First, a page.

Chinese company takes fight against Sri Lanka to UN

By Easwaran Rutnam (@easwaranrutnam)

A Chinese company embroiled in a dispute with Sri Lanka over organic fertilizer, has made a formal complaint with the Food and Agriculture Organization of the United Nations. 

Qingdao Seawin Biological Group Co., Ltd, in an email to Daily Mirror sent through a local agent, said that the complaint was made just before the company and Sri Lanka reached an agreement over the payment for the disputed fertilizer.

“Before reaching a Terms of Settlement on the L/C enjoining order cases between Seawin and the buyers on Jan 5, 2022, Seawin has filed a complaint with FAO and IPPC headquarters and applied for international institutions to intervene in the investigation. The above international institutions also replied to Seawin by email, and they can intervene in the investigation if necessary,” Seawin said.

The Chinese company wants FAO to intervene and eliminate misunderstandings as soon as possible through technical consultations to avoid losses of both sides.

“At present, there are still some irresponsible university professors in Sri Lanka who are doing their best to resist the implementation of the president’s green agriculture strategy and question the test reports of international authoritative institutions without reason, regardless of the strategic policy of green agriculture promulgated by the president, the long-term interests of Sri Lankan people, and do not contribute to the country and the people with their own study and knowledge,” Seawin said in the email to Daily Mirror .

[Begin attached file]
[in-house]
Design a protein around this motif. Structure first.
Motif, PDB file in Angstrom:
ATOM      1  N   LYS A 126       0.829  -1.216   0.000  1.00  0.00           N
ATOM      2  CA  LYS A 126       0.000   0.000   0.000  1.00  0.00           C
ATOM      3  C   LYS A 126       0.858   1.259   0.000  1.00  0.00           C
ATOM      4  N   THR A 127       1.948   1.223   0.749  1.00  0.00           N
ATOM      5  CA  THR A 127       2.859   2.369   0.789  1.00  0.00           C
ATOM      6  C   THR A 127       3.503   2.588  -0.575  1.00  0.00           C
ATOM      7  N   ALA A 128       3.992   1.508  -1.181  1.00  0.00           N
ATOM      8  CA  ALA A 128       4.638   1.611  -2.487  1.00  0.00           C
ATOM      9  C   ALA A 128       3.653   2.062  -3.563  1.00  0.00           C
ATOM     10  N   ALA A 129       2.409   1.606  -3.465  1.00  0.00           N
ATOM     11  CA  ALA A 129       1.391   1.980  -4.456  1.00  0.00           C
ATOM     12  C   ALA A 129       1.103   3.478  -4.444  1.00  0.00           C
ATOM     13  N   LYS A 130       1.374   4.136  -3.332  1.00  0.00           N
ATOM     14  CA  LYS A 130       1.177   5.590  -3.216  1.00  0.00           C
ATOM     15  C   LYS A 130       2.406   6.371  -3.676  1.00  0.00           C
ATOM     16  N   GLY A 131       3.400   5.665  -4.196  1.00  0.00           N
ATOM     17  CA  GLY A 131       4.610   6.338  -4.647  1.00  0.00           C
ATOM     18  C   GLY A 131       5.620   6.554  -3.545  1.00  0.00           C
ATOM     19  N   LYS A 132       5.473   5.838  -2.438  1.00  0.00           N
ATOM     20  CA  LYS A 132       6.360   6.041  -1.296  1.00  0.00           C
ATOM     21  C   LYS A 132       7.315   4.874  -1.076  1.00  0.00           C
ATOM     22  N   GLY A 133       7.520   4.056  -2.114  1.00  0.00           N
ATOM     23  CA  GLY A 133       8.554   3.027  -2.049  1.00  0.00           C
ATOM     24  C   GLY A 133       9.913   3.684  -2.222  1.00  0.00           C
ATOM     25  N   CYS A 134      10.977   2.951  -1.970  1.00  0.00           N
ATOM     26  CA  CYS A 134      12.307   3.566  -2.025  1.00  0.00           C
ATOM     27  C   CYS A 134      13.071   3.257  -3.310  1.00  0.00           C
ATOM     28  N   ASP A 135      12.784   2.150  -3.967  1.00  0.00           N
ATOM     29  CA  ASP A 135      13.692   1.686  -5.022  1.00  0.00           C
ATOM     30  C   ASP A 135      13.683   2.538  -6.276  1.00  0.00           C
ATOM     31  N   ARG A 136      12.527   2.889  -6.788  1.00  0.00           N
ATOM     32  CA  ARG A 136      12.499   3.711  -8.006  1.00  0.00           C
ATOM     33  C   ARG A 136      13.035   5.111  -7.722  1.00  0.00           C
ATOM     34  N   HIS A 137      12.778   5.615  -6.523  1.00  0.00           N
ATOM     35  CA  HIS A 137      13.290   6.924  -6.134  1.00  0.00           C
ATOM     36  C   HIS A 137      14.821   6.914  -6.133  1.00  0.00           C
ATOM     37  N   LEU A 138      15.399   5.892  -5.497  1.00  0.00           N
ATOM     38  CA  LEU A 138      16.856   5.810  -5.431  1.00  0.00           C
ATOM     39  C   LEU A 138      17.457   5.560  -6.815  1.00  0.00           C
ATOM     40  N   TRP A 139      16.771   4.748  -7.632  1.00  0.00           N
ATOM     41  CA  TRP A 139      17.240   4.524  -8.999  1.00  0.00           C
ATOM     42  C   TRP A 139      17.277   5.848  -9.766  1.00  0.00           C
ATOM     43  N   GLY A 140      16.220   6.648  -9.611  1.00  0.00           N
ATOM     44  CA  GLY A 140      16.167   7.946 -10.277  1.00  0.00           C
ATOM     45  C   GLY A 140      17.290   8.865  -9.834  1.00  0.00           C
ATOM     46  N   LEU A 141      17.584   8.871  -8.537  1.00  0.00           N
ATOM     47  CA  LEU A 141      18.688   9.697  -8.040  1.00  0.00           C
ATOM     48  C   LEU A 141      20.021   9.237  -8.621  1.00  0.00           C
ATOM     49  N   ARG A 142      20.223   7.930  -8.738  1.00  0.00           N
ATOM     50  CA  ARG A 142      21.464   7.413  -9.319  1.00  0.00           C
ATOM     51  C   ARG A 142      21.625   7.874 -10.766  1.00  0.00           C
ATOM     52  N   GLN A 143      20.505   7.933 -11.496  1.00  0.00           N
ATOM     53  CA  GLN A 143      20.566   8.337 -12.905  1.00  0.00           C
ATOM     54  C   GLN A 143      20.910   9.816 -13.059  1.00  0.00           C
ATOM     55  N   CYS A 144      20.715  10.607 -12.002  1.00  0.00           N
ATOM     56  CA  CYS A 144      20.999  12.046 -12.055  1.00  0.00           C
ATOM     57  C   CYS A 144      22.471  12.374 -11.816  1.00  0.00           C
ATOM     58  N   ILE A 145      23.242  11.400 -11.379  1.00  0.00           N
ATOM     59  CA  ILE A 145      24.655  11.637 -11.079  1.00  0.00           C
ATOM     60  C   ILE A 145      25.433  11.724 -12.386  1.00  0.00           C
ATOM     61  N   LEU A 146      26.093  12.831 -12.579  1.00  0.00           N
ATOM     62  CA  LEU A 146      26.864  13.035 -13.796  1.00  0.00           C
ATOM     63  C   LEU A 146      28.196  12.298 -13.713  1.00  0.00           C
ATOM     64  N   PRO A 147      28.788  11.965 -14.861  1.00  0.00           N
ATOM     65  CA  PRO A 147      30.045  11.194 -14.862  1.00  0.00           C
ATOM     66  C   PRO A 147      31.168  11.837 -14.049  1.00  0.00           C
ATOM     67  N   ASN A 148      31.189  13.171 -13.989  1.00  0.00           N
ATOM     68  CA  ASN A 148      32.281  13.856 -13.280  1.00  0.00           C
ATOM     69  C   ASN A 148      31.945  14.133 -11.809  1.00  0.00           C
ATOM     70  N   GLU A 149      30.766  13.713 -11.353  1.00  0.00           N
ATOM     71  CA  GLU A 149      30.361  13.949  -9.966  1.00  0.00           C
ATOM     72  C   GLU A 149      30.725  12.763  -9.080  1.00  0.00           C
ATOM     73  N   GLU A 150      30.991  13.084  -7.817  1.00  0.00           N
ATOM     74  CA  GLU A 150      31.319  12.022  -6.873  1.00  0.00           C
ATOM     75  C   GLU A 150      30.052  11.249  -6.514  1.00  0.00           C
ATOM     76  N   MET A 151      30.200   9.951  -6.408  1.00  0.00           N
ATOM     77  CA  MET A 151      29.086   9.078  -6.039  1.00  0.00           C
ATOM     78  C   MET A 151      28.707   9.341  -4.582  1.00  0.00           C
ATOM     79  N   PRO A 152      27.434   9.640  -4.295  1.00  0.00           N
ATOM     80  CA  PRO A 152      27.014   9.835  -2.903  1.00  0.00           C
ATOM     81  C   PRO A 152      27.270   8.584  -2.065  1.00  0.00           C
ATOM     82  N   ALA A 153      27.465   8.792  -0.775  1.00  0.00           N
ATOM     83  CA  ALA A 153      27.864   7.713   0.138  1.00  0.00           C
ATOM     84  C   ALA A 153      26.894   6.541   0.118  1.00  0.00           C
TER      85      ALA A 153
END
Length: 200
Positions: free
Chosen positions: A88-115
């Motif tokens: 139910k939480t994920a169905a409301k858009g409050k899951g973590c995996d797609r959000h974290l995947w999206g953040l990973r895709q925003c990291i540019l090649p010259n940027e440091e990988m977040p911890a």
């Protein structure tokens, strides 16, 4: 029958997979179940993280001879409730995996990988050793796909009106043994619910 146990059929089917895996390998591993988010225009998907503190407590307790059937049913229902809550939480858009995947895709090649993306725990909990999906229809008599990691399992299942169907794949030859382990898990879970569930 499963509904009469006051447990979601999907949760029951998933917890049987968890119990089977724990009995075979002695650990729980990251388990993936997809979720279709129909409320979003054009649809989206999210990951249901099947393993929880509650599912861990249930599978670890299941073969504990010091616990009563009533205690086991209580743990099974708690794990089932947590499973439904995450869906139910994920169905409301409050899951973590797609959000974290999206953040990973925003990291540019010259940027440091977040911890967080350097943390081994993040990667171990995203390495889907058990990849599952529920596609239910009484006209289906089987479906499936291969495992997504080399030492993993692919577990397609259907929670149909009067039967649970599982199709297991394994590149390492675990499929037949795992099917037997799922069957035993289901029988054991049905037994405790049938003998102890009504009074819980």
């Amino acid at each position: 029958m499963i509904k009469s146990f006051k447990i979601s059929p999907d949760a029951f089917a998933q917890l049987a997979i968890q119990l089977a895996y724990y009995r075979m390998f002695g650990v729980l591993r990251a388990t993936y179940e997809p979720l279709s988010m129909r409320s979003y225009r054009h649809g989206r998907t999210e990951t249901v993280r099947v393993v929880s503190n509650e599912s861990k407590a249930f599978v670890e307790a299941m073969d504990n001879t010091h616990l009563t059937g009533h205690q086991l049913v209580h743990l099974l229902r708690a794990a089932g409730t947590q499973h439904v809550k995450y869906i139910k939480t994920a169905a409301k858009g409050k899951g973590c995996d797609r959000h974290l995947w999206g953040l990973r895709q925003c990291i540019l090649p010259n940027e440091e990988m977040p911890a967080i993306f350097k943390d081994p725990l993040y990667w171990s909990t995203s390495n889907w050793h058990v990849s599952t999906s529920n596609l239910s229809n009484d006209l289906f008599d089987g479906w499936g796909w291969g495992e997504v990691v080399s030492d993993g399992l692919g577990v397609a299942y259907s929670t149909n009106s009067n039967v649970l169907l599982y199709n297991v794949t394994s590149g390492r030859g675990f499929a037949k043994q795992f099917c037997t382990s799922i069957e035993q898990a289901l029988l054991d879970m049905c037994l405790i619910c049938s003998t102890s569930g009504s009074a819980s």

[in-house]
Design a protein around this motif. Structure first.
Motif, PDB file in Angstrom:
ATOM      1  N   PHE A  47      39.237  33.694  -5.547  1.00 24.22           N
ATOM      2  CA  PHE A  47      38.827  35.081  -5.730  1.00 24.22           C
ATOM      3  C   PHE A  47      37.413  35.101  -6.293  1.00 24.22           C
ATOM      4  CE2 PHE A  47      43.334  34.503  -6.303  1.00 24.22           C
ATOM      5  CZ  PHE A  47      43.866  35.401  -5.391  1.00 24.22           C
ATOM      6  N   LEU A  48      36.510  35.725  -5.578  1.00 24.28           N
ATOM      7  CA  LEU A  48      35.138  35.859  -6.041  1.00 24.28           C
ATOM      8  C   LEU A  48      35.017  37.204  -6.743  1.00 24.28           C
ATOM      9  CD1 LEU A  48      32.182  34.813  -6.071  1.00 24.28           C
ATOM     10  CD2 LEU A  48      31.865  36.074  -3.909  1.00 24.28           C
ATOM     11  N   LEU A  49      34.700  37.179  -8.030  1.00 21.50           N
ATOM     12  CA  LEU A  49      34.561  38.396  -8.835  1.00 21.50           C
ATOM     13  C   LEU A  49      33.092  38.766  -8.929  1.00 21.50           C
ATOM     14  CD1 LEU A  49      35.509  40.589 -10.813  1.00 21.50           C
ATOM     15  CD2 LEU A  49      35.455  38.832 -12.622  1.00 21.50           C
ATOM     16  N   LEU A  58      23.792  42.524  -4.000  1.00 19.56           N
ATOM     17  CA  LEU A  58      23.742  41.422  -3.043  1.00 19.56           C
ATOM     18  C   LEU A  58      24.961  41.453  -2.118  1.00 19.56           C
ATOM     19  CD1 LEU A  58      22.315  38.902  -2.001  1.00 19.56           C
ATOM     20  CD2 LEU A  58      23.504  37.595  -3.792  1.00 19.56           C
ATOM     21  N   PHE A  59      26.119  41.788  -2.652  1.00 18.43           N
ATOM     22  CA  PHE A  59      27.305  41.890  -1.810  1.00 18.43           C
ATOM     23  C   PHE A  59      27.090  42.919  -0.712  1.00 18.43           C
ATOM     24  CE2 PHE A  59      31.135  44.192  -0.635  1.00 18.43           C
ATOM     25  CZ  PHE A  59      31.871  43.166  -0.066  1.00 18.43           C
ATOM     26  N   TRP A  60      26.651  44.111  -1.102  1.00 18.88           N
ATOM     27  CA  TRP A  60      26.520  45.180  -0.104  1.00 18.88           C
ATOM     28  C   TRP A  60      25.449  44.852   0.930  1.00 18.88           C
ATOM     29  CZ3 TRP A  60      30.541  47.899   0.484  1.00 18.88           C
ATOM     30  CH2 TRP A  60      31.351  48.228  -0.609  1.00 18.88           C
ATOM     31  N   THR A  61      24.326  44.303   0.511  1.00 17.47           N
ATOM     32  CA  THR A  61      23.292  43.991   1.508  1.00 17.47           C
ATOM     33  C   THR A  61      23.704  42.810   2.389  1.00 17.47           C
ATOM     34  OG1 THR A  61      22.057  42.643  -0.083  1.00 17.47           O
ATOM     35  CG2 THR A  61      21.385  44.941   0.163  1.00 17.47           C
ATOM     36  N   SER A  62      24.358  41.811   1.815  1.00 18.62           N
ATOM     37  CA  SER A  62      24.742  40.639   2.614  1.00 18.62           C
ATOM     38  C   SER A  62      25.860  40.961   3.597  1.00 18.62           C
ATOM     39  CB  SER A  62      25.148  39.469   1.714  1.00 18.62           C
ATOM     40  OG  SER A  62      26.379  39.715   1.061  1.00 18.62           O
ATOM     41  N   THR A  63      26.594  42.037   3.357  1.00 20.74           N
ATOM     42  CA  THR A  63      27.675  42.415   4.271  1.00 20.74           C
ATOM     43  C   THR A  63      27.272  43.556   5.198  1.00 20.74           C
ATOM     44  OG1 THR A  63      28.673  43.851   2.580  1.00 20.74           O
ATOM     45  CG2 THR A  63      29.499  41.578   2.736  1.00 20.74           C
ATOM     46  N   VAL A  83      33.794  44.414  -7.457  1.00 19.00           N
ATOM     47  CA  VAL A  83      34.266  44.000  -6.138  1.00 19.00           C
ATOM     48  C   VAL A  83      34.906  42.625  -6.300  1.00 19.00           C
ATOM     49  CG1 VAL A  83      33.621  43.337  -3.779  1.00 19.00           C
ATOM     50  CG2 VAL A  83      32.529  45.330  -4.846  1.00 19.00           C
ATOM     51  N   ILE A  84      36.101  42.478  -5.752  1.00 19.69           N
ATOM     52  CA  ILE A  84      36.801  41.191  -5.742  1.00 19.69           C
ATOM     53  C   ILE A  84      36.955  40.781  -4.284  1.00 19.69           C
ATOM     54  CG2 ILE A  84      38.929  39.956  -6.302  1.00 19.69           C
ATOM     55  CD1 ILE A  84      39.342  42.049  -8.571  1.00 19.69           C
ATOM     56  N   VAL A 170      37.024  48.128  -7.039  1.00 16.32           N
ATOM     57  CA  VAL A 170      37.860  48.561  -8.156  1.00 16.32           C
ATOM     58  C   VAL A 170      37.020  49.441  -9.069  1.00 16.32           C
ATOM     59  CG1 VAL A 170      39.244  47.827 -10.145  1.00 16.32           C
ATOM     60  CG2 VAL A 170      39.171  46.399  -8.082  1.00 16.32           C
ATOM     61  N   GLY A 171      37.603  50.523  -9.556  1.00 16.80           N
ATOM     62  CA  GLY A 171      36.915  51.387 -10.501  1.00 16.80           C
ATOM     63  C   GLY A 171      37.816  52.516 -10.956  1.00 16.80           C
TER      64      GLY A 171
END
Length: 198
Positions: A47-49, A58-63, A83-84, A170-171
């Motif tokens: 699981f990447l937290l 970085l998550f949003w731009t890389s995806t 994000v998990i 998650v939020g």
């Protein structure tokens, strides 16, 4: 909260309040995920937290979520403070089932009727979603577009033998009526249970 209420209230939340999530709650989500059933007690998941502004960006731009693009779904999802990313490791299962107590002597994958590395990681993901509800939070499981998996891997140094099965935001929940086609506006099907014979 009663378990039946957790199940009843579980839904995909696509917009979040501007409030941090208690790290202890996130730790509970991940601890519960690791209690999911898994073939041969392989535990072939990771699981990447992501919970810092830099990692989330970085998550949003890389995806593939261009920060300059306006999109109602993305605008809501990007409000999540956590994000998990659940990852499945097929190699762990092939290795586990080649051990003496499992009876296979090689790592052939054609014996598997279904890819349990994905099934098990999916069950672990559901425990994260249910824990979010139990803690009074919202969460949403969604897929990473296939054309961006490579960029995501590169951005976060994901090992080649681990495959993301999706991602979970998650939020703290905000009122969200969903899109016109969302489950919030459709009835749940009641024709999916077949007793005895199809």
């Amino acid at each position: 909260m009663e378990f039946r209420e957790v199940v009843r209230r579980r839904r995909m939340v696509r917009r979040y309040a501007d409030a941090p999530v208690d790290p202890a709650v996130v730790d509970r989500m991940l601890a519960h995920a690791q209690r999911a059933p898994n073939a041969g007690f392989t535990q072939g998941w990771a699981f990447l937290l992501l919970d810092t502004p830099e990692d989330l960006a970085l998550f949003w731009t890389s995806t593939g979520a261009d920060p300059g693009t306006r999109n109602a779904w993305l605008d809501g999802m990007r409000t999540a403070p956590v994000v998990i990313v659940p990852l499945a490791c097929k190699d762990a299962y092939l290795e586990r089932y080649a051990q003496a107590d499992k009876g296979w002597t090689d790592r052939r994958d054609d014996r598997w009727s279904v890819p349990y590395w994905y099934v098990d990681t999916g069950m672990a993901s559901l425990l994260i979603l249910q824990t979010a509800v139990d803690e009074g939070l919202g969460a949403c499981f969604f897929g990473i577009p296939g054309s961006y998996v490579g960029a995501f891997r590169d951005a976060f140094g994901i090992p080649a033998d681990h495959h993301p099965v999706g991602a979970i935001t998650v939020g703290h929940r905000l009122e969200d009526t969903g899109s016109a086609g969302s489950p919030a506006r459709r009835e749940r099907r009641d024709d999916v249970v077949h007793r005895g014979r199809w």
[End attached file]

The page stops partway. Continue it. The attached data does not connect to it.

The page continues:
In its complaint to the FAO, Seawin said they respect the right of each member state to control the spread of pests, in accordance with the International Plant Protection Convention (IPPC).

However, the company noted that the phytosanitary of each member state should be technically reasonable and transparent, and should not constitute disguised restrictions on international trade.

Seawin urged the FAO to apply for the publication of the detailed test record of the National Plant Quarantine Service (NPQS) on the rejected fertilizer as well as the scientific basis for explaining the results. (Courtesy Daily Mirror)